‘Unacceptable’: New apartment owner leaves tenants frustrated

‘We’re all treated like we don’t care.’ Tenant at 135 Atherley Street says they want people out. Origins; owners say they are ‘revitalizing’ property

Residents live in an apartment complex at 135 Atherley Road. They became increasingly frustrated about the conditions on the property.

Tyler Shepherdson, a nine-year-old Canadian veteran, has lived in the complex on and off since 2016. Since Forest Gate Living acquired the building earlier this year and appointed Sterling Karamar Property Management in charge of maintenance, he says maintenance of the property has been “unacceptable”.

“The grass was at one time so tall that it was one and a half to two feet tall,” he said. “There was dog poo all over the yard that couldn’t pick up properly.”

Recently, a sewer line flowed into the downstairs laundry room and flooded the hallway area downstairs. Plumbers were called in to fix the problem, but Shepherdson says it wasn’t cleaned properly.

“They never removed the washers and dryers, so all that backflow of sewage went under those machines and it’s been sitting there ever since,” he said. “I washed clothes not too long ago, put my things in the dryer, and really smelled my poo.”

Shepherdson says Forest Gate Living is trying to buy residents off their leases; He says he was offered $5,000 to leave.

He said, “They want the people out.” “I’m paying $1,103 a month for the same two-bedroom unit here which is now $2,200.”

In a statement emailed to AureliaSterling Karamar Property Management has confirmed that the building’s ownership group is offering residents financial compensation for opting out of their leases.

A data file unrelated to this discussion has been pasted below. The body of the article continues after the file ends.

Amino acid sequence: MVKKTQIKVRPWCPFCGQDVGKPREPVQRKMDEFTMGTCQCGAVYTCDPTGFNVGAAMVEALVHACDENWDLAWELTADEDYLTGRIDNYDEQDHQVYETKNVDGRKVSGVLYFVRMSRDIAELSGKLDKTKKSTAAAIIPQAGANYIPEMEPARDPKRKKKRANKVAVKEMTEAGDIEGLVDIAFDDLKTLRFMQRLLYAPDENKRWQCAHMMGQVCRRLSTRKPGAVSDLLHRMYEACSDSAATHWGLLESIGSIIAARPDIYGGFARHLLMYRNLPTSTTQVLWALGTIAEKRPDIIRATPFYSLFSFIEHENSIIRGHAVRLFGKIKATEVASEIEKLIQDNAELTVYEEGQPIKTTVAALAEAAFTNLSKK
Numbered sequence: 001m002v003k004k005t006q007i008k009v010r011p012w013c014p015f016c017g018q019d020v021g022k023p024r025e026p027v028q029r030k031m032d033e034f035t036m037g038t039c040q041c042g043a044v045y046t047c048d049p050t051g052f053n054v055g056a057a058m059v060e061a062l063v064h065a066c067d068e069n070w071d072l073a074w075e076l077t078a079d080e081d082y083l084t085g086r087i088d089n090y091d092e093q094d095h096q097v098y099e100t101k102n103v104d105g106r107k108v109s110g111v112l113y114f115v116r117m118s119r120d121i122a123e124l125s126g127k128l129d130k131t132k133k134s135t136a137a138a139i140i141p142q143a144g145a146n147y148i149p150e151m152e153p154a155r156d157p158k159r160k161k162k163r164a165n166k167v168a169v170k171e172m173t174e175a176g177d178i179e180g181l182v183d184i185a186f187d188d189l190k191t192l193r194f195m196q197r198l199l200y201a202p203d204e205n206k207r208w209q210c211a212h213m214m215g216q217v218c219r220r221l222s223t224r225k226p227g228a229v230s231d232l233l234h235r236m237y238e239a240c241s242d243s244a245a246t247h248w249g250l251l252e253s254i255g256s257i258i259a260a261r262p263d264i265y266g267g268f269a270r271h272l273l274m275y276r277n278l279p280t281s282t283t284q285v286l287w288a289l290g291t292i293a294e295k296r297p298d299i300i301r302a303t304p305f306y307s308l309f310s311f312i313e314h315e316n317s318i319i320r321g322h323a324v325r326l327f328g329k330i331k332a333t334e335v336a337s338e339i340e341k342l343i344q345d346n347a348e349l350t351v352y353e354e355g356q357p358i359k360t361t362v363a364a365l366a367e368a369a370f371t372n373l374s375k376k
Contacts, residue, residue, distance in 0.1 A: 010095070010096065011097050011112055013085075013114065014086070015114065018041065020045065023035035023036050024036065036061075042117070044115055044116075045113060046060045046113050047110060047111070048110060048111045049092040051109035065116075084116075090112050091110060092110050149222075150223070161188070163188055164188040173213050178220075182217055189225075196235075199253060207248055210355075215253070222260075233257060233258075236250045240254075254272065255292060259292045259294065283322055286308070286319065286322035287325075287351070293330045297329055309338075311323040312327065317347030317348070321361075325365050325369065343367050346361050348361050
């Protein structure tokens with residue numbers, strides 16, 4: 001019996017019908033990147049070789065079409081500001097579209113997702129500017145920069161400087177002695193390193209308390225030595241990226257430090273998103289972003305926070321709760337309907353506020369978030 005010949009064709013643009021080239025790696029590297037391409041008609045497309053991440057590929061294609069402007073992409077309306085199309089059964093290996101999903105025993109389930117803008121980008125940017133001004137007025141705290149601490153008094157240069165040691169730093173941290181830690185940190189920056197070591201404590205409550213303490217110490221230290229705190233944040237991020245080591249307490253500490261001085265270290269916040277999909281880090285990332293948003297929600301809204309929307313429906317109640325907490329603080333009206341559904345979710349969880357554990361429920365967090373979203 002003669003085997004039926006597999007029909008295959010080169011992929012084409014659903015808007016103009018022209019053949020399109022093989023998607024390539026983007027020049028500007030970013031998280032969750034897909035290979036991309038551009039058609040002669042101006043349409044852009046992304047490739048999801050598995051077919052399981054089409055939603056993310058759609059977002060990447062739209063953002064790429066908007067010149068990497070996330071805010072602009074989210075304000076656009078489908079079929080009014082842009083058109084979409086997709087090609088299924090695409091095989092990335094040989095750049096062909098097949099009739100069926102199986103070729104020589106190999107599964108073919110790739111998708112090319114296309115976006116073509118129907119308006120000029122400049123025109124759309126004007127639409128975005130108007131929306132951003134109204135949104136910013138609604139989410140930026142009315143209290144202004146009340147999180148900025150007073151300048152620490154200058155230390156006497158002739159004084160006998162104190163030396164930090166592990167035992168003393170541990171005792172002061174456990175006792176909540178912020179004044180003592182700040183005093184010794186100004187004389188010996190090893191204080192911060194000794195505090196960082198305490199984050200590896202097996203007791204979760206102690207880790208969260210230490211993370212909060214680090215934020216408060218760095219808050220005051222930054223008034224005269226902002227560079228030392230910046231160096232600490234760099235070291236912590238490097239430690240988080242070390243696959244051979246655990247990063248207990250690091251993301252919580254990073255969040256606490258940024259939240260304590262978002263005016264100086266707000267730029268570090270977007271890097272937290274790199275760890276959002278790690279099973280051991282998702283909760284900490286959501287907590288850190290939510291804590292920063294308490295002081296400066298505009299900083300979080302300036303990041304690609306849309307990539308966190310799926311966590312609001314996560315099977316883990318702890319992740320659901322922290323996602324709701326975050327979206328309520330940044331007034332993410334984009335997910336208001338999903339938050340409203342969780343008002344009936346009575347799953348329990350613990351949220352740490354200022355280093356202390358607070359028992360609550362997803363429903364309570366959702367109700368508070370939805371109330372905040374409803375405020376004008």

“While we are fully committed to those who wish to continue living in our rental community, those who are challenged by the current housing crisis but are intent on eventually buying a home have been provided with an array of benefits that make the goal of owning a home easier,” he said. Statement.

“We look forward to continuing to serve the residents of this rental community and, where possible, contributing to the dream of home ownership.”

Shepherdson plans to get out of the complex, but has nothing to do with the financial offer.

“I’ve put up with a lot of things here,” he said. “I’ve gone through three changes of ownership now.”

He says his decision to leave was due to the pressure on conditions in the building.

“To embrace and embody my personal growth,” he said, “I have to leave here.”

The building’s residents include single mothers, seniors on disability pensions, and many health care workers, Shepherdson says.

“There is such a diverse spectrum of people,” he said. “We’re all treated like we don’t care.”

Sterling Karamar Property Management refutes the allegations and says it has started an “intensive revitalization program” on the building.

“While we believe residents should really start learning about improvements to the community, additional plans for the property — including wing upgrades, maintenance of building operating systems, and landscaping improvements — do not happen overnight and will instead be pursued in weeks and months ago, the statement said.

In a statement emailed to AureliaSean Crawford, director of city legislative services, says the city has bylaws in place, such as the Bylaws for Property Standards and the Clean and Clear Regulations, which require property owners to adhere to minimum standards of maintenance.

He said, “The city recently received a complaint regarding the waste in the aforementioned property.” “The officer will check and determine if there is a violation of the Clean and Clear City Regulation.”

Crawford notes that the city’s clean and clear bylaw prohibits the storage of waste on the property, including household trash and tires, as well as grass/weeds more than eight inches in height. He stated that if a violation is identified, enforcement action will “begin”.

He also says the city does not have any complaints open on file regarding the building’s interior.

“In the event of a complaint, an inspection will be conducted to determine if any violation has occurred under the city’s Bylaws of Property Standards, which sets out minimum standards of maintenance,” he said.